I found my favorite table already set, promising ample reward for my exertion. Even before I’d clumped up onto the broad porch and begun beating road dust off my jeans, the heavenly smell wafting through the open kitchen window caught me by the nose, and Circe herself had never set a trap half so enticing. Dying’s said to do unfortunate thing’s to one’s tastebuds, but you’d never know it by Jake; like most haunts, his essence lingered on, and that essence harbored a powerful desire to cook for someone who could appreciate it.
Any good cook’ll tell you the key’s in the ingredients, and Jake’s free-range chickens nicely suit my prejudices concerning animal husbandry; if I want grain, I’ll eat it myself and spare the chicken the labor. The chickens graze out back, down the long hill of the graveyard, where they stalk luminescent grubs that crawl up from the ground around moonset after the citizens have made their way back into town. I didn’t mingle with most townsfolk, as they’d never really welcomed me into their cold hearts, but they made "live and let live" their watchword, if you’ll pardon my splitting a few idiomatic hairs.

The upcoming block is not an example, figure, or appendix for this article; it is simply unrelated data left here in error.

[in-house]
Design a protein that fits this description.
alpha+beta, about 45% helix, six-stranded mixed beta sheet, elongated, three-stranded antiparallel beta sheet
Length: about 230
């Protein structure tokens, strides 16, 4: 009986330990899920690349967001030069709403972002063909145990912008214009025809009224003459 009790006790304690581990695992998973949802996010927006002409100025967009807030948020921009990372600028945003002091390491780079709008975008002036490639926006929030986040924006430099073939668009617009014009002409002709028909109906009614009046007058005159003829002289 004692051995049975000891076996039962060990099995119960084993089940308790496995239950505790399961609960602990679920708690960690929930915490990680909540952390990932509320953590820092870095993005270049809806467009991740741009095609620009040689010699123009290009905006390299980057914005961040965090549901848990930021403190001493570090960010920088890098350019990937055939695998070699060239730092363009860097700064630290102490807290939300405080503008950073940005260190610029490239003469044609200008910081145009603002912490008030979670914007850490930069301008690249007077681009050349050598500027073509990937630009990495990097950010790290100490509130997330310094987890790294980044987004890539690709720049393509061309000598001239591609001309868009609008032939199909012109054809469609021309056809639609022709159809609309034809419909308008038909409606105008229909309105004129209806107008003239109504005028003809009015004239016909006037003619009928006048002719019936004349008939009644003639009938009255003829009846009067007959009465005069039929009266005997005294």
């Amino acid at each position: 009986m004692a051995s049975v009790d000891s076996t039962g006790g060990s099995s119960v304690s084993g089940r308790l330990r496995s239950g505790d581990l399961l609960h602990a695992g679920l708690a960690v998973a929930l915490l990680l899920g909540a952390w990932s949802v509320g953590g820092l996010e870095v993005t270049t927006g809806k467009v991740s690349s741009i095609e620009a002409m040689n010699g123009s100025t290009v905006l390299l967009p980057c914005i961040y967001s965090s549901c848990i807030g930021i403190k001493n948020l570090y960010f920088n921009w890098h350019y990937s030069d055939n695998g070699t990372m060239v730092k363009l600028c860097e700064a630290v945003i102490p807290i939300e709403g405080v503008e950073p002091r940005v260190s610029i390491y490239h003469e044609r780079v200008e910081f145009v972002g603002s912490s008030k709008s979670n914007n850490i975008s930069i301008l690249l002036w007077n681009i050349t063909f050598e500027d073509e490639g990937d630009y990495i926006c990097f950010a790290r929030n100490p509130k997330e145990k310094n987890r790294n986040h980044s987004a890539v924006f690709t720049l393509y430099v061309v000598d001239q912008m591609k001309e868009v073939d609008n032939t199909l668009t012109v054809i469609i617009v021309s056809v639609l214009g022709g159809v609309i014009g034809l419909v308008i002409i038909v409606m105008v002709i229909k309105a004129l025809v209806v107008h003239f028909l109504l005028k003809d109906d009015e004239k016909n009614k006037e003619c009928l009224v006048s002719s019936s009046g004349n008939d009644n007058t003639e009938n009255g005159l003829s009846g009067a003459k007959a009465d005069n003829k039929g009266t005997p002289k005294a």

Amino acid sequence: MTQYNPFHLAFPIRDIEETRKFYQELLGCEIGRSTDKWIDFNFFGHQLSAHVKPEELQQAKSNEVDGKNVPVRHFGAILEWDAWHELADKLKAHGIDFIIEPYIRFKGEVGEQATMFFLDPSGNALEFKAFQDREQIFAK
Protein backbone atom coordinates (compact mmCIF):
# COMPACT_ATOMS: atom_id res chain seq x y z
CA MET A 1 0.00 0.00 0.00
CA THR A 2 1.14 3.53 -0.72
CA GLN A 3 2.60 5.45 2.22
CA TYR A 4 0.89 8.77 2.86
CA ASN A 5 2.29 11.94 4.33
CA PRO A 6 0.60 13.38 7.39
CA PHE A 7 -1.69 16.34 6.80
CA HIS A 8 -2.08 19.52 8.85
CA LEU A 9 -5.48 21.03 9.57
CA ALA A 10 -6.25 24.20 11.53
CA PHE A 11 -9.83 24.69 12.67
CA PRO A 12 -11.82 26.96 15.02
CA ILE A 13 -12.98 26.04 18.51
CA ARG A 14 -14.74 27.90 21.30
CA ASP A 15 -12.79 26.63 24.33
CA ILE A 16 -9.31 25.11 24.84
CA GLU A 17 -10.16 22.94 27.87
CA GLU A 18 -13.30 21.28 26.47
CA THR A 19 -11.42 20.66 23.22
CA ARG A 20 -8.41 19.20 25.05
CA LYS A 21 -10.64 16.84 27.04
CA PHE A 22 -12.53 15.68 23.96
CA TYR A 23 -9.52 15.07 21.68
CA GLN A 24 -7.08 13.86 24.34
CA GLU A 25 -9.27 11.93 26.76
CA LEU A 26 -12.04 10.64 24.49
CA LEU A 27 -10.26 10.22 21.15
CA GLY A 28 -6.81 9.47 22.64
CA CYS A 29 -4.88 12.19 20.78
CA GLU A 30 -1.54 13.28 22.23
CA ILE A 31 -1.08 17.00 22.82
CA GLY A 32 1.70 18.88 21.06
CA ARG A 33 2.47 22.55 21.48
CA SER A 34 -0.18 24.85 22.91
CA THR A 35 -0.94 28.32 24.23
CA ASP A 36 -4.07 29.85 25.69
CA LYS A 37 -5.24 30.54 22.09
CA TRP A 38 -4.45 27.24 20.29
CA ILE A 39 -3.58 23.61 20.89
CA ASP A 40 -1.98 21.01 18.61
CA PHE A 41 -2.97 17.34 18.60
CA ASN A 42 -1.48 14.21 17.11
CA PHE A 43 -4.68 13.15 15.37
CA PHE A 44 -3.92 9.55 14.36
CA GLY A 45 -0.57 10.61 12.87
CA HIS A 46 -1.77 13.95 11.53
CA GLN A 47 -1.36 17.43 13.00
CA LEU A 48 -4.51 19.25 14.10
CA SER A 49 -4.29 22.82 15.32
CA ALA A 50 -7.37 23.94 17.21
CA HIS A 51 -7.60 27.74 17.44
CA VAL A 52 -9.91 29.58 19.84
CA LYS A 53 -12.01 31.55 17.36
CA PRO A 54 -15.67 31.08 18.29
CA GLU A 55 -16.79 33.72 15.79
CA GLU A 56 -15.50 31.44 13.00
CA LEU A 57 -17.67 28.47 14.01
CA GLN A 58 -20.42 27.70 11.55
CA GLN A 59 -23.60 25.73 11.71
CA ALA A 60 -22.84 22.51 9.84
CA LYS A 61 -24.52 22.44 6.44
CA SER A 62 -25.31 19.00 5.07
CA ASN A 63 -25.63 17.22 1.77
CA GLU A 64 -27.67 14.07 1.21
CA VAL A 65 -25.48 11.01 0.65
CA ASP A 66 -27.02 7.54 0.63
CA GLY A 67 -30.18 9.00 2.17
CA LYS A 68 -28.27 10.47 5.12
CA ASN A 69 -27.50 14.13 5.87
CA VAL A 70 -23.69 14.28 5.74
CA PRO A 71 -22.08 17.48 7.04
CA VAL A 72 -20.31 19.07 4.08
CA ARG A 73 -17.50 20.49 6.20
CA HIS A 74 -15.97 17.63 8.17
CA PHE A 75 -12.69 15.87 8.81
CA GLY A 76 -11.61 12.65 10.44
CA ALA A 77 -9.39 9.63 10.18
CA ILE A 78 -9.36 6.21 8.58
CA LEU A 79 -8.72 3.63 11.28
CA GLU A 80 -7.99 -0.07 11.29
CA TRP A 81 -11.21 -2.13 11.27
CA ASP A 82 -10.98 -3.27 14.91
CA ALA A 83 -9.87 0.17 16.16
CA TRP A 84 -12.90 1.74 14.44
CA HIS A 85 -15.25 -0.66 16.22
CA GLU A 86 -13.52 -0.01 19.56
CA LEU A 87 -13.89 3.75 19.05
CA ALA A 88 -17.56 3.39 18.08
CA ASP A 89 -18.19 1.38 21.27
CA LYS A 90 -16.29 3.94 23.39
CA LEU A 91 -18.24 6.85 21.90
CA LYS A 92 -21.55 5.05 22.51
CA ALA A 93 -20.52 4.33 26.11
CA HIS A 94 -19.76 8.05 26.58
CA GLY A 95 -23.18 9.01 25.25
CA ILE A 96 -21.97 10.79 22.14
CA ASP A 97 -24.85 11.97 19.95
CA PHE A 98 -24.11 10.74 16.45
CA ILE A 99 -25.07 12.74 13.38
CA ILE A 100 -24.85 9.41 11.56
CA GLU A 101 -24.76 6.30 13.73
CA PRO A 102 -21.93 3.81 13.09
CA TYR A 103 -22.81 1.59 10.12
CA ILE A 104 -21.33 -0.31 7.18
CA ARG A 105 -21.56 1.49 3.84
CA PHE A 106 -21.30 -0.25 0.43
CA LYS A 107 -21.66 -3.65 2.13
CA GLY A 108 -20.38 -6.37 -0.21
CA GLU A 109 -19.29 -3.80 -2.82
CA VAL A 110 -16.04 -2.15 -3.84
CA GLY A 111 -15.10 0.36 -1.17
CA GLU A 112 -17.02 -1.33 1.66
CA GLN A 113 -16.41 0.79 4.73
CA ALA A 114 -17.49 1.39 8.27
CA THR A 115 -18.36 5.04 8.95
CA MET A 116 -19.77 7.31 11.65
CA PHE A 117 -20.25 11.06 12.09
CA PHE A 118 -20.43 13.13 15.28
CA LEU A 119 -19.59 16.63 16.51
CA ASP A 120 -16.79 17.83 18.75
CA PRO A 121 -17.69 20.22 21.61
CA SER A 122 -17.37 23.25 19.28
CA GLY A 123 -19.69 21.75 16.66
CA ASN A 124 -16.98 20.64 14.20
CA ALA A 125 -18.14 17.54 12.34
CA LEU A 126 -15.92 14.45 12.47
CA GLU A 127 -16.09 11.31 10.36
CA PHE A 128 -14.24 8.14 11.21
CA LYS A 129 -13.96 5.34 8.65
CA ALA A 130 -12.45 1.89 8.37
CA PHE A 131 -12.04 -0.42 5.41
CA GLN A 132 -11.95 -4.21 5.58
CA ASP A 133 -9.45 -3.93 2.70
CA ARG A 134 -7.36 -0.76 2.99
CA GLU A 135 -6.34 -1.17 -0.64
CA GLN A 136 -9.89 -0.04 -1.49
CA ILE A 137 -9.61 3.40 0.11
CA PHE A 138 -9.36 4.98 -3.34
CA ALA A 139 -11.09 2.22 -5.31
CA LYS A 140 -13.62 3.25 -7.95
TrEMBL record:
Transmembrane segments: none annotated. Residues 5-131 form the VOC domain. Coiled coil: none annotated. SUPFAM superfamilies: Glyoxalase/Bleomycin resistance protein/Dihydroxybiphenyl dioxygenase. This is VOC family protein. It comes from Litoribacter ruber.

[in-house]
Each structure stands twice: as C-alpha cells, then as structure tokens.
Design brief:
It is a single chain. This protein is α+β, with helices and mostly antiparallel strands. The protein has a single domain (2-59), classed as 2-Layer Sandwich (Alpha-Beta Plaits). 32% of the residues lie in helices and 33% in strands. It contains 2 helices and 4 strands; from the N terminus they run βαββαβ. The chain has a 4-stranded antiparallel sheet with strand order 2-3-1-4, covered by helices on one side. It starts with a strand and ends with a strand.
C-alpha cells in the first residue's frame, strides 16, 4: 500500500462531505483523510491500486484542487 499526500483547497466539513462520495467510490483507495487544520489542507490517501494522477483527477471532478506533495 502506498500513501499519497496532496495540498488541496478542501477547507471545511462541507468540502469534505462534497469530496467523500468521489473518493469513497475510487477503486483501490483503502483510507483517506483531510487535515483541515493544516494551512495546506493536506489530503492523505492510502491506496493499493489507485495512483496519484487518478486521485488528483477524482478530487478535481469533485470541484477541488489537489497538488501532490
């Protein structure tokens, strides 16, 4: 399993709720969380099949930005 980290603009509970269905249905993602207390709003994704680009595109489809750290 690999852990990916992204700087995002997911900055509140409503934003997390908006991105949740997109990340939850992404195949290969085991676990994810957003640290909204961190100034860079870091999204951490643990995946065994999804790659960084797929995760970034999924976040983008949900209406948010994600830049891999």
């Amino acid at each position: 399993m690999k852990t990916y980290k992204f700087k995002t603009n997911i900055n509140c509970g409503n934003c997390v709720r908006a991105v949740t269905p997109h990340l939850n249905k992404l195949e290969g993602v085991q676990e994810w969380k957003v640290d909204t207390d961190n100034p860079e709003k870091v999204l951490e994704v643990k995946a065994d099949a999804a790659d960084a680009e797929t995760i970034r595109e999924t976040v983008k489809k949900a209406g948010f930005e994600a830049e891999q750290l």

Jake, who’d appeared out of nowhere while I’d been gathering wool, set the chicken before me. As usual, he’d garnished it with the mushrooms that grew in the cellar, where a visiting urban restaurant critic unfamiliar with country hospitality and the notion of etiquette now slept until the millennium after some injudicious remarks about the cuisine. He’d never filed that story, but the mushrooms surely benefited from his subsequent tending.
Jake stepped back and let me tuck in just enough to take the edge off my hunger. "Frank, we need a big favor." I nodded and saved a drop of gravy from a lonely trip to the floor with a quick swipe of my tongue. "You got my letter, so you know what’s been happening." He paused, gravely.
I swallowed another savory chunk of chicken and some of the strange, pale potatoes he grew out back. "Let me guess—strange things’ve been seen in the graveyard."
Jake smiled politely; the joke probably hadn't been funny the first hundred times I’d essayed it either. "No, not since the Hansens last summer." Nice family, though they’d been pig-ignorant about the warning signs and kept right on picking raspberries until after dark. Fit right into our little community once they’d gotten used to being deader than liberalism in America.